When the fire went out, the ashes had to be swept away, or else they would catch fire the next time you lit one, so we had to have fire-tools by the side, a brush to collect the ashes in one pile, a shovel, to brush them into, and a poker, literally used to 'poke' the fire when it was getting low. And soot used to accumulate in the chimney so we had to call in the 'chimney-sweep' every now and then. He would have huge long brushes that he would push up the chimney bringing down soot everywhere. It was such fun (well maybe to a young child, but not to Mum who had to sweep it all up)

In those days almost everything was delivered to your door. Mr Ballard brought us two or three bottles of milk each day for years.

Amazingly, Mr. Ballard's son, David, saw this site and has kindly sent me a photo of his Dad with horse and cart taken way back in the early 50s!

Mick the baker brought us two fresh-baked loaves of bread (and I mean REAL bread, not this American muck you have to eat) to our door for just as long.

Going back to "The Copper", it had one more use. It was a primitive washing-machine. We used to stuff all our clothes and towels etc into the copper, fill it with cold water then light the gas under it. Add some washing-powder then sit down for an hour or so, occasionally stirring the clothes with an old stick. Once the clothes were 'done' we would have to carefully pull them out (that water was HOT!) and begin the process of drying them. First off was to put them through the 'mangle'. This was a machine consisting of a turning handle which turned two wooden rollers. Each article of clothing or towel etc was fed between the two rollers and the handle turned so the rollers would SQUEEZE out the moisture, before we then took the clothes and hung them on the outside clothes-line using pegs for the wind to dry them.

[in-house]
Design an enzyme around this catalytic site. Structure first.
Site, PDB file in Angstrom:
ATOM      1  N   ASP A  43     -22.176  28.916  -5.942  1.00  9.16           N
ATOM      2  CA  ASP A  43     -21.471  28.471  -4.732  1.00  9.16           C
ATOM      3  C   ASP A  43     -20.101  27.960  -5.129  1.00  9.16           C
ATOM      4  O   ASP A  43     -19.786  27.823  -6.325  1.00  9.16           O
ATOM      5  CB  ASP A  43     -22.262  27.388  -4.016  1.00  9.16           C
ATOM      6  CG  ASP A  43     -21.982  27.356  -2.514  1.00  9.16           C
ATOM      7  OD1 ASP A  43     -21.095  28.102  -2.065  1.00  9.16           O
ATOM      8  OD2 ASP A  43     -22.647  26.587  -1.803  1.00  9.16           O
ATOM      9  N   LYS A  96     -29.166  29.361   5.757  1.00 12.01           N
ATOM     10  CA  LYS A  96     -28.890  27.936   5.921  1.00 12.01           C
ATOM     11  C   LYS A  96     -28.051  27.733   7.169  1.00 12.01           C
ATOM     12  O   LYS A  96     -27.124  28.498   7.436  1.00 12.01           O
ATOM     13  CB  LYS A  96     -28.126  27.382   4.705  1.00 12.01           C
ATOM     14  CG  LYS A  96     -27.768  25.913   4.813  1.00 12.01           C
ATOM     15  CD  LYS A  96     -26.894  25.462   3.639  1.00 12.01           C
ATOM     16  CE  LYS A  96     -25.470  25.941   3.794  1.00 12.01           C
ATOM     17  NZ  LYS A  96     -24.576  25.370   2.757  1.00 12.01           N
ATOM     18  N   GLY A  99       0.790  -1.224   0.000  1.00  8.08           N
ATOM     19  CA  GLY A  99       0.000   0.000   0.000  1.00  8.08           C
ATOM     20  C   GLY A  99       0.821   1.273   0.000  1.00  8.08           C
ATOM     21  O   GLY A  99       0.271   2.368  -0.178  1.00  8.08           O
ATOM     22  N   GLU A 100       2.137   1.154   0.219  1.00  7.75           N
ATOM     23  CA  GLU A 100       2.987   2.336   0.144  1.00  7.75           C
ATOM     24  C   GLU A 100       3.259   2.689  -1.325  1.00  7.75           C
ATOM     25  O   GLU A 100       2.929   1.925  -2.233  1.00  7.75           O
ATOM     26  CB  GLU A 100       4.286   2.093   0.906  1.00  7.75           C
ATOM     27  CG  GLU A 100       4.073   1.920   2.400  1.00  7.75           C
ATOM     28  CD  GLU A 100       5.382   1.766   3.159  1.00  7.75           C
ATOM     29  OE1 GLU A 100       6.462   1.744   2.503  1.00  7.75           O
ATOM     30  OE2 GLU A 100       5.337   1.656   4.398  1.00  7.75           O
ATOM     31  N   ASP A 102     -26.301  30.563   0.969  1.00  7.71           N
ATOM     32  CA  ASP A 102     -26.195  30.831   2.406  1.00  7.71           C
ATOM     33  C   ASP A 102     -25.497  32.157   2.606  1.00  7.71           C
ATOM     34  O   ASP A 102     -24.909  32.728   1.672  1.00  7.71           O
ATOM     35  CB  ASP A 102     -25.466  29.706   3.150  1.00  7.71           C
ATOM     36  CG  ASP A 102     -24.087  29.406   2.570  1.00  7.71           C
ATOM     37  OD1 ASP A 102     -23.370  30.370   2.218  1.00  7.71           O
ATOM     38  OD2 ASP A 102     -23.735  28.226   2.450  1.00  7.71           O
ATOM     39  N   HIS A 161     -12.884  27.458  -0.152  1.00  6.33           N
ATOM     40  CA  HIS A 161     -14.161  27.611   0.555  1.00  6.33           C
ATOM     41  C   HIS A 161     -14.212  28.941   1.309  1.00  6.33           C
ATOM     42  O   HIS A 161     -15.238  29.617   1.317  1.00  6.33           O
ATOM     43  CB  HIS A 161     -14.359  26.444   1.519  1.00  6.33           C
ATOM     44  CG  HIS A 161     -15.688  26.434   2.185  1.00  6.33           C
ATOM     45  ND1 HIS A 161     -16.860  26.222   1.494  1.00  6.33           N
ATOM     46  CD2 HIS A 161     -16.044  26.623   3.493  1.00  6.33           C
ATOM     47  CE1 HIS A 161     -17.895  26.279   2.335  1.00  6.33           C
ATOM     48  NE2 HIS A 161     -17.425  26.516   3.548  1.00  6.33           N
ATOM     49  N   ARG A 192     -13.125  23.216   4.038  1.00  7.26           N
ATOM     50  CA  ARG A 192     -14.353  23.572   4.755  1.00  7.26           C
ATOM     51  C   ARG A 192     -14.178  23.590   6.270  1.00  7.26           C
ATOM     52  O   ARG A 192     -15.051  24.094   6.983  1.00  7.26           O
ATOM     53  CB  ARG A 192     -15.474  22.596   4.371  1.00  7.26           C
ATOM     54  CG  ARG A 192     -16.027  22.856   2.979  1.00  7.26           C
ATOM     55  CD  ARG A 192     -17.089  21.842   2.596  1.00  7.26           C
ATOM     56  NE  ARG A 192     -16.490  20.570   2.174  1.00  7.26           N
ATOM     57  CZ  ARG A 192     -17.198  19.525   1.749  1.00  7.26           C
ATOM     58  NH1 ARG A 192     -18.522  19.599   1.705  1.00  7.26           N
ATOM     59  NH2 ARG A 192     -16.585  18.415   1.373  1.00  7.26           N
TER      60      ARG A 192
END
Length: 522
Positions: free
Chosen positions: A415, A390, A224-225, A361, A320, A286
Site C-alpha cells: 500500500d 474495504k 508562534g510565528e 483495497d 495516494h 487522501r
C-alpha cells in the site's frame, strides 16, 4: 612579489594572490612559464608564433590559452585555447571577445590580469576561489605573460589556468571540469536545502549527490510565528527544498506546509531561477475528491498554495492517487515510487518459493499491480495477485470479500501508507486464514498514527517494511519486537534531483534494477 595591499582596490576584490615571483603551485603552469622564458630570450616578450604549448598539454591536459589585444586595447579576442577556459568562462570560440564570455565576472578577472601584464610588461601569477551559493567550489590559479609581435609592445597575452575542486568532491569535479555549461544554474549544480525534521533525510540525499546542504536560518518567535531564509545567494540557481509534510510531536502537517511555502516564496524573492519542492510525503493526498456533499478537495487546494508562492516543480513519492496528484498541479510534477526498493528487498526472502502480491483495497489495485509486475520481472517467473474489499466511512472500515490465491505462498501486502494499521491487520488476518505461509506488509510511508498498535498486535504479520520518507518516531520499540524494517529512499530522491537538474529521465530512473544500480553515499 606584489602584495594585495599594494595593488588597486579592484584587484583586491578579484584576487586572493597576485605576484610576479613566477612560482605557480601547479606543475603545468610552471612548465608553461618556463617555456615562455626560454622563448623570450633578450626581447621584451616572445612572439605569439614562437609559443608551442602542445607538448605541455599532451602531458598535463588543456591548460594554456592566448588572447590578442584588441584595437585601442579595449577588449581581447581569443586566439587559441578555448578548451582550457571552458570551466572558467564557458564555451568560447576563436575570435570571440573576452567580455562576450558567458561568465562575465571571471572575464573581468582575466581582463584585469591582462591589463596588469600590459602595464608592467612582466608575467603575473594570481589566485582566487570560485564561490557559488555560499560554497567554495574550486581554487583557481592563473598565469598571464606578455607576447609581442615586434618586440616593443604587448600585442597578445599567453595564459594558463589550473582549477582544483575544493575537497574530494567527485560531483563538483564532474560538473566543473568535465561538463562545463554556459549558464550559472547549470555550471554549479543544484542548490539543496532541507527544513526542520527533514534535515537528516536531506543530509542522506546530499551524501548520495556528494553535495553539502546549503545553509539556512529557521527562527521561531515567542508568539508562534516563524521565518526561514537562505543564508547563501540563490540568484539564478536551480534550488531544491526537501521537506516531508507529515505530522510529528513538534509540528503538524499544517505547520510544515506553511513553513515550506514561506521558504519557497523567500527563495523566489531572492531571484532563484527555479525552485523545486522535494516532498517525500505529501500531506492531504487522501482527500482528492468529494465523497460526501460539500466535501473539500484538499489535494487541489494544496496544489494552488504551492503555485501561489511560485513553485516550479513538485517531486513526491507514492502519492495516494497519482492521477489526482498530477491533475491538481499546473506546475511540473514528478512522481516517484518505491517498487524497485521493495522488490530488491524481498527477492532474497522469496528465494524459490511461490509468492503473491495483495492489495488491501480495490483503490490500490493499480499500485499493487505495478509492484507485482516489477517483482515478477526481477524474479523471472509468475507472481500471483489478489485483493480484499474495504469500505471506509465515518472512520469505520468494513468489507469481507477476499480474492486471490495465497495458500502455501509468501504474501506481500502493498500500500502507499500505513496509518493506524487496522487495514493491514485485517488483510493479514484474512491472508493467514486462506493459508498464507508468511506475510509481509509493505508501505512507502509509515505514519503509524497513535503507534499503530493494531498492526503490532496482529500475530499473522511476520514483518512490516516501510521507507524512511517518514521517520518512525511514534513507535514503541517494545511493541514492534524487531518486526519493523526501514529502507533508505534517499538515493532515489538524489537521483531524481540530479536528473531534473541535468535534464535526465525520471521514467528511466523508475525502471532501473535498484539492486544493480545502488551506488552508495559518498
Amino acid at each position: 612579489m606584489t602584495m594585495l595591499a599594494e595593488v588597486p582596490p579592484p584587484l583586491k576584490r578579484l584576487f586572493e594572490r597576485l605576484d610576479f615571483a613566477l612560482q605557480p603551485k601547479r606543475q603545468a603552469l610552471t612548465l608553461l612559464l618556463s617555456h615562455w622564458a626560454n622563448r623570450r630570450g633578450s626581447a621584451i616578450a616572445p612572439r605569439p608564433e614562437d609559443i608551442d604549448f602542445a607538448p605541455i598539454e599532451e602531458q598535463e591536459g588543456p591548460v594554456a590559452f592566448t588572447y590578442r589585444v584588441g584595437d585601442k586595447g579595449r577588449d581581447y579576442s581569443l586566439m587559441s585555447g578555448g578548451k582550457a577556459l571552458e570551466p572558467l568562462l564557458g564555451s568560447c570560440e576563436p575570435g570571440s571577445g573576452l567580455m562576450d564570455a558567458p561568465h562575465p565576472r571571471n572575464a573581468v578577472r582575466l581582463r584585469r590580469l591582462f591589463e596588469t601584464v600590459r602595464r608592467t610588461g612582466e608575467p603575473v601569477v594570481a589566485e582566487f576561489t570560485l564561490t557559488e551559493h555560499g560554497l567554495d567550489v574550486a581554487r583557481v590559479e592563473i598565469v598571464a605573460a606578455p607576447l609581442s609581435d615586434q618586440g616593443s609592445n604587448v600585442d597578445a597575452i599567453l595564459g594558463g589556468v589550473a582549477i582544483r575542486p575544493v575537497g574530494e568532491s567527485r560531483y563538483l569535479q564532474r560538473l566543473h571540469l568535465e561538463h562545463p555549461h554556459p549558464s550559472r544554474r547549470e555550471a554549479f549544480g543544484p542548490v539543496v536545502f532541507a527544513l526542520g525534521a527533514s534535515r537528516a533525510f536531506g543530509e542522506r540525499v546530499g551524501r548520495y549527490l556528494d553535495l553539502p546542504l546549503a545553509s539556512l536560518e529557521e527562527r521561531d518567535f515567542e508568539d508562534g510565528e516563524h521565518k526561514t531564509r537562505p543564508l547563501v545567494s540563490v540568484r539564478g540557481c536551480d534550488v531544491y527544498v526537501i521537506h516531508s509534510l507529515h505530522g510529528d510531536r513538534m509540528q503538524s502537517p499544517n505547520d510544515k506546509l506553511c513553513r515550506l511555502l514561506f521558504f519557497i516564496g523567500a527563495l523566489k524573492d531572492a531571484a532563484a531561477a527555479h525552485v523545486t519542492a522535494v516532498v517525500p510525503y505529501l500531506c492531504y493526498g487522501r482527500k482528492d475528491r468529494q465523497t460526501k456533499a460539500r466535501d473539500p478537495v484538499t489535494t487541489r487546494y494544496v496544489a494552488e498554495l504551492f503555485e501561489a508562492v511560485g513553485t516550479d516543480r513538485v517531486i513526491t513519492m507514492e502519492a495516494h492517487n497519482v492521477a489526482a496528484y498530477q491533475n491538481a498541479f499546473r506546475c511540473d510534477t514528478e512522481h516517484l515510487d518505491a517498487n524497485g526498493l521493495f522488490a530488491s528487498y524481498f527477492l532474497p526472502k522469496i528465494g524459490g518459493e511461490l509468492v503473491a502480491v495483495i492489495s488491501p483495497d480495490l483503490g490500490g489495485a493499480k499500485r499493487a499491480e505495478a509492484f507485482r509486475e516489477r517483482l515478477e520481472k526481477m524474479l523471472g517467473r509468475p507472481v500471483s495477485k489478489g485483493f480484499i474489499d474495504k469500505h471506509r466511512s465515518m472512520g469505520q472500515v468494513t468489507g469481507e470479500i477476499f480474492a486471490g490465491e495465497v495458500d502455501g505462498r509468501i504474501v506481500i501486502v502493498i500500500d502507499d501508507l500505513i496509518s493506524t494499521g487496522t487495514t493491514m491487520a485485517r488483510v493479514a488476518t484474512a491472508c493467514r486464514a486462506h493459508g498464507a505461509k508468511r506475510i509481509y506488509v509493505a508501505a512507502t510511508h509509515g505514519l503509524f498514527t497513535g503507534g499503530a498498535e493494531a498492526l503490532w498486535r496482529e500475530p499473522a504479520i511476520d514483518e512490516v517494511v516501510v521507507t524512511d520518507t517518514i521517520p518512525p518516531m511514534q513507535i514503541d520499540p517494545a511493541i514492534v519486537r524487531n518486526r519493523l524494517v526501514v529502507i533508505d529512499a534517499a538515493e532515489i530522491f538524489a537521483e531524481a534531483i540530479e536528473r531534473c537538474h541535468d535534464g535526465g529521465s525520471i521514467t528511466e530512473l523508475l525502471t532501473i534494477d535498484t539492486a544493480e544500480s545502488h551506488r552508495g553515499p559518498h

Our mangle was a bit more modern than this, but you get the idea...

My Dad was one of the very few people in our street to own a car. In fact in a street of possibly eighty houses there were usually no more than six or so cars parked. Nowadays (2003) the street is so packed with cars its often difficult to drive down it, but back then Dad virtually had the street to himself.